Speeches on Deficits, Then and Now
Way back in January 2008, a certain presidential candidate gave a speech at Ebenezer Baptist Church, the congregation once served by Martin Luther King Jr. . . .
. . . “Unity is the great need of the hour.” That’s what Dr. King said. It is the great need of this hour as well, not because it sounds pleasant, not because it makes us feel good, but because it’s the only way we can overcome the essential deficit that exits in this country.
I’m not talking about the budget deficit. I’m not talking about the trade deficit. Talking about the moral deficit in this country. I’m talking about an empathy deficit, the inability to recognize ourselves in one another, to understand that we are our brother’s keeper and our sister’s keeper, that in the words of Dr. King, “We are all tied together in a single garment of destiny.”
Pause for a minute and let that sink in: “the empathy deficit is the essential deficit that exists in this country.”
We have an empathy deficit when we’re still sending our children down corridors of shame, schools in the forgotten corners of America where the color of your skin still affects the content of your education. We have a deficit when CEOs are making more in ten minutes than ordinary workers are making in an entire year, when families lose their homes so unscrupulous lenders can make a profit, when mothers can’t afford a doctor when their children are stricken with illness. We have a deficit in this country when we have Scooter Libby justice for some and Jena justice for others, when our children see hanging nooses from a school yard tree today, in the present, in the 21st century. We have a deficit when homeless veterans sleep on the streets of our cities, when innocents are slaughtered in the deserts of Darfur, when young Americans serve tour after tour after tour after tour of duty in a war that should have never been authorized and should have never been waged. We have an empathy deficit in this country that has to be closed. We have a deficit when it takes a breach in the levees to reveal the breach in our compassion, when it takes a terrible storm to reveal the hungry that God calls on us to feed, the sick that He calls on us to care for, the least of these that He commands that we treat as our own. So, we have a deficit to close. We have walls, barriers to justice and equality that must come down, and to do this, we know that “unity is the great need of the hour.”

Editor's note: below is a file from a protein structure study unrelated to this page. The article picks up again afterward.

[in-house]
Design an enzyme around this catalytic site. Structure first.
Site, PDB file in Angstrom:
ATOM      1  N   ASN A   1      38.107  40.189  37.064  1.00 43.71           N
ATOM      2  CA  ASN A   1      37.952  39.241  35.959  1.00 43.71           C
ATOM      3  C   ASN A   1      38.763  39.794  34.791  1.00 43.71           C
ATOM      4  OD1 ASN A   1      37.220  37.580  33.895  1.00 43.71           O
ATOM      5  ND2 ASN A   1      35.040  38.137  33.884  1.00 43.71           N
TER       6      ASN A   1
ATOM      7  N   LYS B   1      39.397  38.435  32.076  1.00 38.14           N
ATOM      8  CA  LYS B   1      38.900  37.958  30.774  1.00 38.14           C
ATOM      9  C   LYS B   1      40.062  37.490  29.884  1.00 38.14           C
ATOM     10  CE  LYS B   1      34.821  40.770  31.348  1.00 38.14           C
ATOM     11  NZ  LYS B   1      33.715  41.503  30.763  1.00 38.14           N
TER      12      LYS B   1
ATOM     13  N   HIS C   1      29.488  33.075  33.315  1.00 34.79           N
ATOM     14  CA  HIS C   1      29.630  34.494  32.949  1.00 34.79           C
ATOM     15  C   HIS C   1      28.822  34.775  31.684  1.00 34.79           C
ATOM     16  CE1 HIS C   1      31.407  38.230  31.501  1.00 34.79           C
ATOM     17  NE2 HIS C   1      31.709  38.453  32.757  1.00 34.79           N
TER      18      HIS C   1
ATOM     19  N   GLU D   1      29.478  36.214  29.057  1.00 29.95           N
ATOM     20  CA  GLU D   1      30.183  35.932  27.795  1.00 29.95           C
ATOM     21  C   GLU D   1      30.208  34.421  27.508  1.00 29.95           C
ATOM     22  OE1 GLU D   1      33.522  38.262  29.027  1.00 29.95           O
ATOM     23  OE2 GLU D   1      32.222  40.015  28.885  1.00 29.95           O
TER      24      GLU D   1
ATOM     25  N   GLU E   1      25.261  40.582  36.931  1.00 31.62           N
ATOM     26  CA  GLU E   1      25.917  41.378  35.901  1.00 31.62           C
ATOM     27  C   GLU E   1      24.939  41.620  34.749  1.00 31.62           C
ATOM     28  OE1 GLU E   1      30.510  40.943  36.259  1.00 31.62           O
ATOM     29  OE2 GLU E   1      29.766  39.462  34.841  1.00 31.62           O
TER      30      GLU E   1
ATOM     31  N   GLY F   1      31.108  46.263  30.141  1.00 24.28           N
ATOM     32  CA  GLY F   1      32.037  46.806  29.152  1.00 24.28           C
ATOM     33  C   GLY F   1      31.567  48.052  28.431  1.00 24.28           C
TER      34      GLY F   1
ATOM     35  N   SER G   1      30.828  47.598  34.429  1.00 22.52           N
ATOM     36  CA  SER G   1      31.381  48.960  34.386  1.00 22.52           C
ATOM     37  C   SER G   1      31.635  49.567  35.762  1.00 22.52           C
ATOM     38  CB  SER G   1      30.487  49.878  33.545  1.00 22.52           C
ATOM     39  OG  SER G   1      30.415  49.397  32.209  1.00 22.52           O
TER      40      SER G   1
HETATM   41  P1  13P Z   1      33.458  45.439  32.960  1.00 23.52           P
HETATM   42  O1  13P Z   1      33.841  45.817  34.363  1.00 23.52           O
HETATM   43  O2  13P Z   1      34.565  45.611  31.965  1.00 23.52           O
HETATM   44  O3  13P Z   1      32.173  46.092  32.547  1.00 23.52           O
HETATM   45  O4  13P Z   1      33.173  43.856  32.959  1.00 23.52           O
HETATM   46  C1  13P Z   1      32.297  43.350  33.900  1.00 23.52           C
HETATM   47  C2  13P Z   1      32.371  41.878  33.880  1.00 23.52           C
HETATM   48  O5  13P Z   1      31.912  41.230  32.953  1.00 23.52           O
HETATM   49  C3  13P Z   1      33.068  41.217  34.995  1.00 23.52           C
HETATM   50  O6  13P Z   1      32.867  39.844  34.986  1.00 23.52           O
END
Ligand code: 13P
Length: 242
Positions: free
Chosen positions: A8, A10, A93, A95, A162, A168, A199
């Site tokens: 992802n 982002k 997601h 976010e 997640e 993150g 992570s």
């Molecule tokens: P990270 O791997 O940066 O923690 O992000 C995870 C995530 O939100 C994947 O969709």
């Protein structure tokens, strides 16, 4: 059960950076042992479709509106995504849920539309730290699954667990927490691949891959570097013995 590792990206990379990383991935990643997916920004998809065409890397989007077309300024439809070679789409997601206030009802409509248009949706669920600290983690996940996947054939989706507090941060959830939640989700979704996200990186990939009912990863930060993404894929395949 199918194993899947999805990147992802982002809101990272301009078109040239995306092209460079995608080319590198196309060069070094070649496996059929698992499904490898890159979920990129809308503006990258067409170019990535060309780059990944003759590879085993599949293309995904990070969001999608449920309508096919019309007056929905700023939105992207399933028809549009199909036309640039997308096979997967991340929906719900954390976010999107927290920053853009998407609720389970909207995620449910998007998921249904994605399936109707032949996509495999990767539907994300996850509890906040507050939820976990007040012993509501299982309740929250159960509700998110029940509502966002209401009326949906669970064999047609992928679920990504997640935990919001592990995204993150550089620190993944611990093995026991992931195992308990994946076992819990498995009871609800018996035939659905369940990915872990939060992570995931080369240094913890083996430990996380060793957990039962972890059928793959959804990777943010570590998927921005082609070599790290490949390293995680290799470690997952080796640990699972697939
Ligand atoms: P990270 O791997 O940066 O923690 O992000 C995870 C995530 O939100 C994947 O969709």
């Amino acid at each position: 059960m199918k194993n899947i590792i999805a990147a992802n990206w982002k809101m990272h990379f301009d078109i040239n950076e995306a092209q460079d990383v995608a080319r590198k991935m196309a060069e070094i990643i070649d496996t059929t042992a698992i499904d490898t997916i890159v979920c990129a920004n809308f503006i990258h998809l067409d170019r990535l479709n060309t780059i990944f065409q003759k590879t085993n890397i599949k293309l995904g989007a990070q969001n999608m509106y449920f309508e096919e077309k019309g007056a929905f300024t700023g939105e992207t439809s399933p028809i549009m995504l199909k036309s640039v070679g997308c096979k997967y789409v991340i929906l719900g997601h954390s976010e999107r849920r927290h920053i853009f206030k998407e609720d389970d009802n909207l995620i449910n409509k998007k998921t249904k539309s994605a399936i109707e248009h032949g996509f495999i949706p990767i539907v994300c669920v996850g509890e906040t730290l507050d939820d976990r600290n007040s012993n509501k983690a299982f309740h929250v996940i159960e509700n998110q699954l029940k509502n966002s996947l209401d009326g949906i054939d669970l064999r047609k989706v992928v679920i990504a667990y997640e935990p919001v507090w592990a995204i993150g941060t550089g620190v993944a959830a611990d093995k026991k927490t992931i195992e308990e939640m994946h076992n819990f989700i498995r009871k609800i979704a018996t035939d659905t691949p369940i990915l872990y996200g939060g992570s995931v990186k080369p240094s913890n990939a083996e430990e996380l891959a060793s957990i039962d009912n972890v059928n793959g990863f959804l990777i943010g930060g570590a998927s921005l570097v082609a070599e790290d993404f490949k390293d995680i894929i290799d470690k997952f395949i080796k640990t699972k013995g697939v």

These words were spoken in 2008, but they seem even more appropriate today. Those schools that were in trouble three years ago are in worse shape now, as every state in the country has been cutting back on funding, leaving every district to axe teachers and staff, raise class sizes, and defer maintenance. That “tour after tour after tour after tour of duty” has had at least one more “after tour” added onto it, and atrocities continue to pile up. Foreclosure fraud is rampant, the facts of the global financial crisis show serious legal problems for the bankers that created it, and yet the SEC is “taking a light touch” with the banks and bank executives apparently are getting Scooter Libby justice. (Have you heard the news? Goldman Sachs is likely to “face fresh embarrassment” over their role in the global financial crisis.) And as long as we’re talking about military action without congressional authorization, meet Libya.
If the need was great in 2008, it’s off the charts today.